Don’t think that any of your questions are silly questions! It is perfectly understandable that if you have never bought or sold property before or have studied at law school, that you might not have ever come across the phrase “conveyancing” before. Conveyancing is the transfer of the legal title in land, from one person to another. It sounds simple, but there are all kinds of things that can go wrong if you do not know what you are doing.
It sounds straightforward, but if the processes of conveyancing are not done correctly, or in the right order, then the title in land might not be correctly conveyed, resulting in no transfer or opening yourself up to litigation and damages. Conveyancing lawyers also ensure that the rights of the buyer and the seller are protected fully under the law and that any problems with the land or the title to the land are picked up and dealt with.
Conveyancing and the transfer of land is definitely a creature of history. There are tales in ancient English Feudal law where lawyers were parties to the transfer of land. Since the Statute of Frauds in 1677 the contracts for the purchase and sale of land have needed to be in writing, therefore an official contract needed to be drawn up, necessitating lawyers to be involved in the process.
In Queensland, conveyancing has to be overseen by a professional solicitor. In other States and jurisdictions people can train to be just conveyancers which is nothing like the training and study that a professional solicitor has to do. Mostly, a conveyancing matter will be conducted by a paralegal, which enables most firms to keep the costs down. This work should always be overseen by the licensed solicitor at every stage of the conveyance.
As well as offering a host of information about conveyancers that is quick and easy to compare, the Internet has enabled transactions to take place completely using post, email and the phone. Because most of the work that the solicitor does is fairly standardized and the local authority searches that need to be carried out can be done from anywhere this is a cost-effective way of finding the cheapest solution to your conveyancing needs.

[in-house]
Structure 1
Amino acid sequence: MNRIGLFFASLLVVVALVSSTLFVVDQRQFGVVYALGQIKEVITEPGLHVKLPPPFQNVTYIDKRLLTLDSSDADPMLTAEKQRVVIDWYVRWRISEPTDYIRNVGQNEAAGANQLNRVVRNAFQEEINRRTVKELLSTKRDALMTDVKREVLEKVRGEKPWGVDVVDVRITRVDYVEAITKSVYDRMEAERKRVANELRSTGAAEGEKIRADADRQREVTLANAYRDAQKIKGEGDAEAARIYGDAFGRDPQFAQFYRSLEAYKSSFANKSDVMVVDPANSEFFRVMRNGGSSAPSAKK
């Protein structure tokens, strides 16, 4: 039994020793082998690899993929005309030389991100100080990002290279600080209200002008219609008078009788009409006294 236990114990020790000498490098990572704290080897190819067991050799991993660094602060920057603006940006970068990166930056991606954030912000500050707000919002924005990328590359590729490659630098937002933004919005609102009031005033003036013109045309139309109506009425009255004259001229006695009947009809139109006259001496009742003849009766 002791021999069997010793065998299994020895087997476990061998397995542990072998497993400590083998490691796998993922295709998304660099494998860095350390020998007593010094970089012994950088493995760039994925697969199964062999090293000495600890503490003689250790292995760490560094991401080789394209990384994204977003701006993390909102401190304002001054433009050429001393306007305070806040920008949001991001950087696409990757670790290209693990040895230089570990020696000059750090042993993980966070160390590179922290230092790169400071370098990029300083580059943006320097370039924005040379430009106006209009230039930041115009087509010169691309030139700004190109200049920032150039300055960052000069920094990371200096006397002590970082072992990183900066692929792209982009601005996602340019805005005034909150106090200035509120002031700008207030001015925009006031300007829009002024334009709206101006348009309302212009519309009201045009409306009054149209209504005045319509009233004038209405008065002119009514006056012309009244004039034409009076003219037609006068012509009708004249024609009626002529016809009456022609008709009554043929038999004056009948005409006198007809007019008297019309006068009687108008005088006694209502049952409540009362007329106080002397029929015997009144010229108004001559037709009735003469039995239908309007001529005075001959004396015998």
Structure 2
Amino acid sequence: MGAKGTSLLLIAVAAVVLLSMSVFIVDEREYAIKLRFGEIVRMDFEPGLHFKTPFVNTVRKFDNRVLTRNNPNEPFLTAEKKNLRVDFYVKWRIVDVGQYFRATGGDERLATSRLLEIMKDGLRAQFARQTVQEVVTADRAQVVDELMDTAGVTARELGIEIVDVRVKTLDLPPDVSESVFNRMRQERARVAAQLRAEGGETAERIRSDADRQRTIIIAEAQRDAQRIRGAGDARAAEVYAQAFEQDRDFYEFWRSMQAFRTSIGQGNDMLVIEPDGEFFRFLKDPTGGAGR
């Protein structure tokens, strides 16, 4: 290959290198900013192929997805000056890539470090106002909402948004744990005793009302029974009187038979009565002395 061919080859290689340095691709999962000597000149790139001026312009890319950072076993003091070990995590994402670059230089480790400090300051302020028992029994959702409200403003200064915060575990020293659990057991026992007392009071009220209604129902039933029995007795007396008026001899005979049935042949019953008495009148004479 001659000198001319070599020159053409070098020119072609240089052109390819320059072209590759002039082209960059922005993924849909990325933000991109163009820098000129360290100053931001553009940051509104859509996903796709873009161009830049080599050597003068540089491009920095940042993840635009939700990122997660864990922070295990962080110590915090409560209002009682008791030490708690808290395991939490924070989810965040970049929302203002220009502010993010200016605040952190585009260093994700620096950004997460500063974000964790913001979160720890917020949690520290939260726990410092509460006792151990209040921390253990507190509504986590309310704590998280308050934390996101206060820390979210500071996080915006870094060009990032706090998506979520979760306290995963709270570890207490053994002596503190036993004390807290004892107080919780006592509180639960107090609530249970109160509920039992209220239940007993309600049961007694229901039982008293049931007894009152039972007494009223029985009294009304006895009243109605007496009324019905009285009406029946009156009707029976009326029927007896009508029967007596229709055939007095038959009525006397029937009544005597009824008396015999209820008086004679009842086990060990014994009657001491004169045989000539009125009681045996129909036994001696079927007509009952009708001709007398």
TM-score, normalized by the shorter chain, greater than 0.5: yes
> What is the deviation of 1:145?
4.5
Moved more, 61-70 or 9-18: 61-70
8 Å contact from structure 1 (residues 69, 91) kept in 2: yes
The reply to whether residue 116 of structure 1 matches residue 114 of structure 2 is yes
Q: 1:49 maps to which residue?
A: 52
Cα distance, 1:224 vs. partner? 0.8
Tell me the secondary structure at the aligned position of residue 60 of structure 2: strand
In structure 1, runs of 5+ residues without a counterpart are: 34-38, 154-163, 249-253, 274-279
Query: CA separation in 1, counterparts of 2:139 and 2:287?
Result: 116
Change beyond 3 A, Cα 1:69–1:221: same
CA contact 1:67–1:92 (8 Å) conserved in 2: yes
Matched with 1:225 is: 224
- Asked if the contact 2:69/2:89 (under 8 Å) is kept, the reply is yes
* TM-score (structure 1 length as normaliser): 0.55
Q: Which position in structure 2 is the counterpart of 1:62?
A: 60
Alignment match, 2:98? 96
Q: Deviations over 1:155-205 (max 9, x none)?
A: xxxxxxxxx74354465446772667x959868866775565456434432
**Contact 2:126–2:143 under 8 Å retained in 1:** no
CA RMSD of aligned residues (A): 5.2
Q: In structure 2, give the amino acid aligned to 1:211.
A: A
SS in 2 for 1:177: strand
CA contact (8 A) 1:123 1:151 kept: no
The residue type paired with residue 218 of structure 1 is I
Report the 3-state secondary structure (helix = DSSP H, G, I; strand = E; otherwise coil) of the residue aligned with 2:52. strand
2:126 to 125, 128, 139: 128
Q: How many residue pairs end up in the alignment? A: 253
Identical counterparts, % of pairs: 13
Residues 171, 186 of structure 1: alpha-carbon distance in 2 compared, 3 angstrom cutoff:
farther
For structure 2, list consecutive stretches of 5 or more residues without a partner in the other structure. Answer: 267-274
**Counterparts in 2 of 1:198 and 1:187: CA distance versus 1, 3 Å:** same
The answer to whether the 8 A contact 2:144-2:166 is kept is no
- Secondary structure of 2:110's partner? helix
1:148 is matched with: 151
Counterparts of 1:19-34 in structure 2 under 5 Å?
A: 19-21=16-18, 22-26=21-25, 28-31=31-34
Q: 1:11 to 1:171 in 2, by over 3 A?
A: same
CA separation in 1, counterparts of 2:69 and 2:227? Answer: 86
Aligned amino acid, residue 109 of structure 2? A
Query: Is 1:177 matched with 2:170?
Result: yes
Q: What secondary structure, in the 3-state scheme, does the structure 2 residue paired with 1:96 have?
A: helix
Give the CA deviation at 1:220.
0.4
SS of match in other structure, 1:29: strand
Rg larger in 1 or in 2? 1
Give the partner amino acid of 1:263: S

At Onsite Conveyancing we will navigate the complex issues which can arise, manage the risk and keep you fully informed every step of the way. Our expert team of dedicated conveyancing professionals are waiting to speak to you now!
Transfer duty is an amount of money you must pay to the State Government when you purchase a property in Queensland. Your conveyancer will advise you during your first discussion with them what the amount of duty payable is and when it must be paid. Office of State Revenue
The DNRM Land Registration Fee is an amount of money you must pay to the State Government when you purchase a property in Queensland to register the property into your name.
When your transfer papers are lodged for registration after settlement, the Local Council, water authority and the Valuer General and the Office of State Revenue are all automatically notified of the purchase.
Other providers, such as the phone and electricity suppliers however, will need to be notified by the purchaser.
Settlement is the finalisation of the Contract of Sale. The likely four parties involved:
- the representatives of the vendors and their banks and
- the representatives of the purchasers and their banks.
On settlement, the vendor will:
- discharge any mortgage they have with their Financiers and deliver all documents to the purchaser’s representative;
- who in turn checks them and delivers them to the purchaser’s financier;
- who will advance the funds to enable the purchase to complete.
The real estate agents are then authorised by both parties to release the deposit and to deliver the keys to the new purchaser.
Mostly times this is dealt with by requesting an extension of time from the other party.
Queensland operates under a system known as “time is of the essence”. This means that the date specified for the condition must be strictly adhered to.
Extensions of time are not uncommon although they are not always granted and are considered not to be part of the basic conveyance requirements. Depending upon the situation, an extension of time may find you being liable for interest on the unpaid purchase price or at the least the cost of your own and/or the other side’s additional legal fees.
If a party finds themselves in breach of the contract, they will face a number of potential consequences (including but not by way of limitation) forfeiture of the deposit and being sued for damages or specific performance. It is therefore extremely important that the various deadlines are managed appropriately and if breach situations do arise then your conveyancer has the skills to negotiate the best possible outcome with your instructions.